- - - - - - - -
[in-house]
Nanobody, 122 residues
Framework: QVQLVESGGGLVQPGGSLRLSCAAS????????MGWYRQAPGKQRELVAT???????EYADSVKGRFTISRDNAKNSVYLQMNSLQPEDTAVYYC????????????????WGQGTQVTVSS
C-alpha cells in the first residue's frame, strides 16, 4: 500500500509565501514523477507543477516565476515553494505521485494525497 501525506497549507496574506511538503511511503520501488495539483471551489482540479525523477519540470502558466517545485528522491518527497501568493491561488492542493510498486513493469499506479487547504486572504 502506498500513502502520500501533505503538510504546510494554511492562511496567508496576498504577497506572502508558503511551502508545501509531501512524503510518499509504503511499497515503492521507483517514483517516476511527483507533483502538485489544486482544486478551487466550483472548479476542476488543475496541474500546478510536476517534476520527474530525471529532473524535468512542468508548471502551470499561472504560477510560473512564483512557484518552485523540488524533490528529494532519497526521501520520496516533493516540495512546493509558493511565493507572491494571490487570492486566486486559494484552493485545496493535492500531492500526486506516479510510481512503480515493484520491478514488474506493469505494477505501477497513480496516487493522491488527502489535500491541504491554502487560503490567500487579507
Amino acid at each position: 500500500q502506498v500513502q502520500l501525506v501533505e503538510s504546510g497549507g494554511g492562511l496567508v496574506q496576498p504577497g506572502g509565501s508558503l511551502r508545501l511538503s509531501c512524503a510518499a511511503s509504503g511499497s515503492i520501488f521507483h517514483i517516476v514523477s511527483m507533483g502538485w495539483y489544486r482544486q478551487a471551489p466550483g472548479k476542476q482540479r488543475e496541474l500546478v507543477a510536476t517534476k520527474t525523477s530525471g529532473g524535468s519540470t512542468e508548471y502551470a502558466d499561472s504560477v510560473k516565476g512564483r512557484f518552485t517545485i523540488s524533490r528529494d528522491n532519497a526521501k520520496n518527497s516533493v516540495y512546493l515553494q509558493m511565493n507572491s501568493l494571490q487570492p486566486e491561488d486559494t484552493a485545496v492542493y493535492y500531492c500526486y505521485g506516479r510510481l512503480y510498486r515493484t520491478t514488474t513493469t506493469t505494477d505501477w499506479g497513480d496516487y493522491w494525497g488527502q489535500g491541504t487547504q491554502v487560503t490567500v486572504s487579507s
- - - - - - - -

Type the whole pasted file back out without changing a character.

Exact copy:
[in-house]
Nanobody, 122 residues
Framework: QVQLVESGGGLVQPGGSLRLSCAAS????????MGWYRQAPGKQRELVAT???????EYADSVKGRFTISRDNAKNSVYLQMNSLQPEDTAVYYC????????????????WGQGTQVTVSS
C-alpha cells in the first residue's frame, strides 16, 4: 500500500509565501514523477507543477516565476515553494505521485494525497 501525506497549507496574506511538503511511503520501488495539483471551489482540479525523477519540470502558466517545485528522491518527497501568493491561488492542493510498486513493469499506479487547504486572504 502506498500513502502520500501533505503538510504546510494554511492562511496567508496576498504577497506572502508558503511551502508545501509531501512524503510518499509504503511499497515503492521507483517514483517516476511527483507533483502538485489544486482544486478551487466550483472548479476542476488543475496541474500546478510536476517534476520527474530525471529532473524535468512542468508548471502551470499561472504560477510560473512564483512557484518552485523540488524533490528529494532519497526521501520520496516533493516540495512546493509558493511565493507572491494571490487570492486566486486559494484552493485545496493535492500531492500526486506516479510510481512503480515493484520491478514488474506493469505494477505501477497513480496516487493522491488527502489535500491541504491554502487560503490567500487579507
Amino acid at each position: 500500500q502506498v500513502q502520500l501525506v501533505e503538510s504546510g497549507g494554511g492562511l496567508v496574506q496576498p504577497g506572502g509565501s508558503l511551502r508545501l511538503s509531501c512524503a510518499a511511503s509504503g511499497s515503492i520501488f521507483h517514483i517516476v514523477s511527483m507533483g502538485w495539483y489544486r482544486q478551487a471551489p466550483g472548479k476542476q482540479r488543475e496541474l500546478v507543477a510536476t517534476k520527474t525523477s530525471g529532473g524535468s519540470t512542468e508548471y502551470a502558466d499561472s504560477v510560473k516565476g512564483r512557484f518552485t517545485i523540488s524533490r528529494d528522491n532519497a526521501k520520496n518527497s516533493v516540495y512546493l515553494q509558493m511565493n507572491s501568493l494571490q487570492p486566486e491561488d486559494t484552493a485545496v492542493y493535492y500531492c500526486y505521485g506516479r510510481l512503480y510498486r515493484t520491478t514488474t513493469t506493469t505494477d505501477w499506479g497513480d496516487y493522491w494525497g488527502q489535500g491541504t487547504q491554502v487560503t490567500v486572504s487579507s